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Rudderless leadership

Rudderless leadership
The Congress  has been beaten fair and square in the just concluded round of assembly polls. Its best leaders from the elder and the younger generations were leading the charge in the four states. The party despite several shortcomings in governance expected a credible performance with a rout being the last thing on their mind. They have been decimated not just in Delhi but also in Rajasthan and Madhya Pradesh. Their performance in Chhattisgarh too has nothing much to write home about.

Who will the party blame for the pathetic show? I guess some of the general secretaries in-charge of the states, the presidents of the state units and the outgoing chief ministers could be made to carry the cross for not having brought laurels to party’s top leader, its vice president Rahul Gandhi. But would the party top leadership have the ability to examine the complete lack of direction which the Congress party is suffering from.

Unlikely that some of the best talents of the country, who are part of the Congress will have enough courage to question some of the decisions which the new leader has taken and which largely have been responsible for its miserable performance. In the name of giving a new look to the Congress organisation, Gandhi has destroyed the existing structure and failed to provide an alternative. His team of political managers may make good copy for English language magazines and newspapers but they do not bring good news to the masses, rather they make no sense to the people. I do not resent their foreign degrees but they aren’t the first in the Indian politics to have returned from abroad to join politics.

Much before them there were Mohandas Karamchand Gandhi and Jawaharlal Nehru. Both educated abroad. However, they cut their teeth in Indian politics by participating in mass movements. While Mahatma came to India with the massive reputation of having taken on the British might in South Africa, Nehru was sent by his mentor to participate in the Kisan movement of Faizabad district under Baba Ram Chandra to get a feel of the issues facing the Indian masses. Unfortunately, for Rahul Gandhi all his tutoring about Indian politics have been theoretical with no participation whatsoever in a political agitation or even an election campaign. It would be helpful if a case is not made out about his intervention in Bhatta Parsaul or for that matter breaking bread at a Dalit household.

Such efforts at event management have borne no fruit is for all to see. The relationship between the Congress party and the Indian masses survived for over a century because its top leaders all these years nurtured some very strong grass root leaders. It was through these state leaders that Congress high command managed to connect to the masses. However, a look at Rahul Gandhi team would that it bears a close resemblance to a crèche of modern day princelings. Despite flaunting a flurry of smart phones and other gadgets they have been the worst communicators.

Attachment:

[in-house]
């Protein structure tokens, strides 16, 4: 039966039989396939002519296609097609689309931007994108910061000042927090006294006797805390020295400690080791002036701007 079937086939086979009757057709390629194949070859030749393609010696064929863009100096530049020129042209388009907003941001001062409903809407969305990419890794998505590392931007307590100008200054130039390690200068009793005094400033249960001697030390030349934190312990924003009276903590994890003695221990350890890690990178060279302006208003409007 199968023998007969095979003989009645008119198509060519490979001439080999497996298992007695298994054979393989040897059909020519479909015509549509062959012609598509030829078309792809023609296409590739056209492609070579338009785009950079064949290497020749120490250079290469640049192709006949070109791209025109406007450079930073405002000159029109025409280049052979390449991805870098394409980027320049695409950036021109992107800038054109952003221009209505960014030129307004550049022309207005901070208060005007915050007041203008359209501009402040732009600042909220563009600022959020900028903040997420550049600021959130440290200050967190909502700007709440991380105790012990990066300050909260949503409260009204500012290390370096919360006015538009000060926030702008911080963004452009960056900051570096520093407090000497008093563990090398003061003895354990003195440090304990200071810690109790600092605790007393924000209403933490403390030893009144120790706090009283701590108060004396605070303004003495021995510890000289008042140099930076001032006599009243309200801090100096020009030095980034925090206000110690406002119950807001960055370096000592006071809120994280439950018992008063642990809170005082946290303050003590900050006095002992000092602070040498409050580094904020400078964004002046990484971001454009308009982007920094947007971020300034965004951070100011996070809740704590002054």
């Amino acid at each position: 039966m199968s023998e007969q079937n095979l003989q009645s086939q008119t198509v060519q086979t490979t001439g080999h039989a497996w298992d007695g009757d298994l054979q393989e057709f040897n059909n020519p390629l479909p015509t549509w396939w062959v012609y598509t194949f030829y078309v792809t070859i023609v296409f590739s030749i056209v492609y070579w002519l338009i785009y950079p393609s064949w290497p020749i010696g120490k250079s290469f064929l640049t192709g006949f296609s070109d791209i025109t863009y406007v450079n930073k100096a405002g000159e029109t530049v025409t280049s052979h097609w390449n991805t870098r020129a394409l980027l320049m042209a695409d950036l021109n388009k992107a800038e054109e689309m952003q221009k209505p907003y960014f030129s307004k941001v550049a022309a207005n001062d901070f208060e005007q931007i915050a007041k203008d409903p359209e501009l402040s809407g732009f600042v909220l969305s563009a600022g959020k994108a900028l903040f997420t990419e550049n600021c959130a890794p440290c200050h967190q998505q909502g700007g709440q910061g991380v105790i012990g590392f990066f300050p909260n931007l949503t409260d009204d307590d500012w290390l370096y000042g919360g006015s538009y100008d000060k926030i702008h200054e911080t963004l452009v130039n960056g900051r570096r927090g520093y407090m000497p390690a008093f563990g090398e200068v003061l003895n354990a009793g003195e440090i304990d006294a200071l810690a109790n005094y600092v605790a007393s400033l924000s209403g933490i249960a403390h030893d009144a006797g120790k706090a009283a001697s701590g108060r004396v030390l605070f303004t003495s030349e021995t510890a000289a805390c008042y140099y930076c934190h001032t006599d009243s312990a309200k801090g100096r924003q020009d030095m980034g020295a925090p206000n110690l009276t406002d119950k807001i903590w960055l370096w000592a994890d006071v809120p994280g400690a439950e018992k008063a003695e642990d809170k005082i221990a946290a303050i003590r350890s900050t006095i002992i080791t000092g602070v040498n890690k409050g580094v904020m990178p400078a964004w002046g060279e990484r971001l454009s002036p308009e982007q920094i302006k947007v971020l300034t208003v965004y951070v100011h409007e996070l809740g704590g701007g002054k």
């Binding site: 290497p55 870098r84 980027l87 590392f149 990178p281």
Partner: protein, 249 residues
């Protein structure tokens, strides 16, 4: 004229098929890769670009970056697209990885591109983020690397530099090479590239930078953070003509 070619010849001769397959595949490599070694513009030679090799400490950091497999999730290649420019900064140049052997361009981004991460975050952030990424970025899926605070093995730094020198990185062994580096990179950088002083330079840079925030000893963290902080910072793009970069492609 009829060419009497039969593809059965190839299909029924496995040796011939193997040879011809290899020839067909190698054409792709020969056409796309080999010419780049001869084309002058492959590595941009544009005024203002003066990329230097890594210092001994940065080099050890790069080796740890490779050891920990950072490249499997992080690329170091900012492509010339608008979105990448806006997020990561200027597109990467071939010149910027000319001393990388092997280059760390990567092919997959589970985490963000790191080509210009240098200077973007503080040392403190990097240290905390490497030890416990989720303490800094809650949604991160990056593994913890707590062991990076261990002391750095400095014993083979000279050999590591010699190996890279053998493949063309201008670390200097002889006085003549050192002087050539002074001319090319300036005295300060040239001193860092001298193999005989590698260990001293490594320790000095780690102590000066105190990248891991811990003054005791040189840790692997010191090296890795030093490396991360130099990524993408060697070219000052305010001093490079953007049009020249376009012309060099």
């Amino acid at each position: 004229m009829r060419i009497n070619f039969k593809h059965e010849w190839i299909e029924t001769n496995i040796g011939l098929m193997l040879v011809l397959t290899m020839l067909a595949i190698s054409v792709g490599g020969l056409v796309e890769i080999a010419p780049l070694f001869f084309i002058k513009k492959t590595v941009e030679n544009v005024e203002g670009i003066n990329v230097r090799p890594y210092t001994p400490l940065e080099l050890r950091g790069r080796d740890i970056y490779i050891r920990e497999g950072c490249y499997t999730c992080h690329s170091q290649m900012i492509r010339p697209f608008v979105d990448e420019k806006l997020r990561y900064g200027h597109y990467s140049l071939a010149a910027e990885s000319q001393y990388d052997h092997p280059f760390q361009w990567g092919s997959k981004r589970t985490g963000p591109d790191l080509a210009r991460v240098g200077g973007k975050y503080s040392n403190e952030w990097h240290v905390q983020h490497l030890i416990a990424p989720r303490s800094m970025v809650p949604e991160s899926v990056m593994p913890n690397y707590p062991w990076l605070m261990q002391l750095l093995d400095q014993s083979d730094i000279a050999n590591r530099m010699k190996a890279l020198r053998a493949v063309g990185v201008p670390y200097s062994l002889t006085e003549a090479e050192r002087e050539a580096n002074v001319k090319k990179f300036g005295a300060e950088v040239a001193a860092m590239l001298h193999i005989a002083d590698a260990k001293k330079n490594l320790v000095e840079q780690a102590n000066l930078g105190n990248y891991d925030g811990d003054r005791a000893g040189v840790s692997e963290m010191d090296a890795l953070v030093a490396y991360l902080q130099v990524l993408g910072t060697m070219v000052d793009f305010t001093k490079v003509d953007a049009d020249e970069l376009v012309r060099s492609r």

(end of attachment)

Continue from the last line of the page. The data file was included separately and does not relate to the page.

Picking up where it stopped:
I fail to understand why the Congress leadership doesn’t trust its cadres to communicate its plans and policies to the masses. Why does it have to outsource its communication channels to its sympathisers and supporters? Why the top Congress leadership including the prime minister, the Congress president and the vice-president follow the policy of remaining incommunicado?

The governance mechanism set-up by the Congress party itself is faulty. Its success cannot be judged in the terms of the United Progressive Alliance (UPA) coming back to power in 2009 or being part of a power sharing arrangement post 2014 general election. Its failings have to be judged from the way the office of the prime minister of the world’s most vibrant democracy has been weakened.

On 8 December when the results of the just concluded round of the state assembly polls came out, the analysts on the television went hammer and tongs on the failings of the central government and how the brunt had to be faced by the state governments and the state units. The Congress president and the vice-president ‘obliged’ coming out to ‘address’ media persons but where was the man who is head of the Central government.

Dr Manmohan Singh doesn’t campaign in the polls as he has nothing to offer as head of a discredited government. He doesn’t come out to own up the failings of his government which has contributed substantially to the electoral decimation of his party. With no political role assigned to the prime minister, how does the Congress party expect to do politics.

The head of the government cannot speak for himself and his government; the de facto head of party cannot speak in public without being ‘agitated’ with his government, his party and his workers. Aren’t these ample reasons for the masses to get agitated in turn and show the rudderless Congress leadership its appropriate place?

Howsoever one may disagree with the politics of BJP’s prime ministerial candidate Narendra Modi but there is no denying the fact that he has managed to show to the people that he is the man in the command of his party. His stamp has been most visible in Delhi where is managed to retrieve BJP from a single-digit position to being the largest party in the assembly. Modi has communicated with people using both the real and virtual means and forced Congress to follow him.

If these elections show that BJP’s campaign has found a direction, it also certainly shows that the Congress has lost its moorings.

The author is with Centre for Reforms, Development & Justice, and is Consulting Editor, Millennium Post
Sidharth Mishra

Sidharth Mishra

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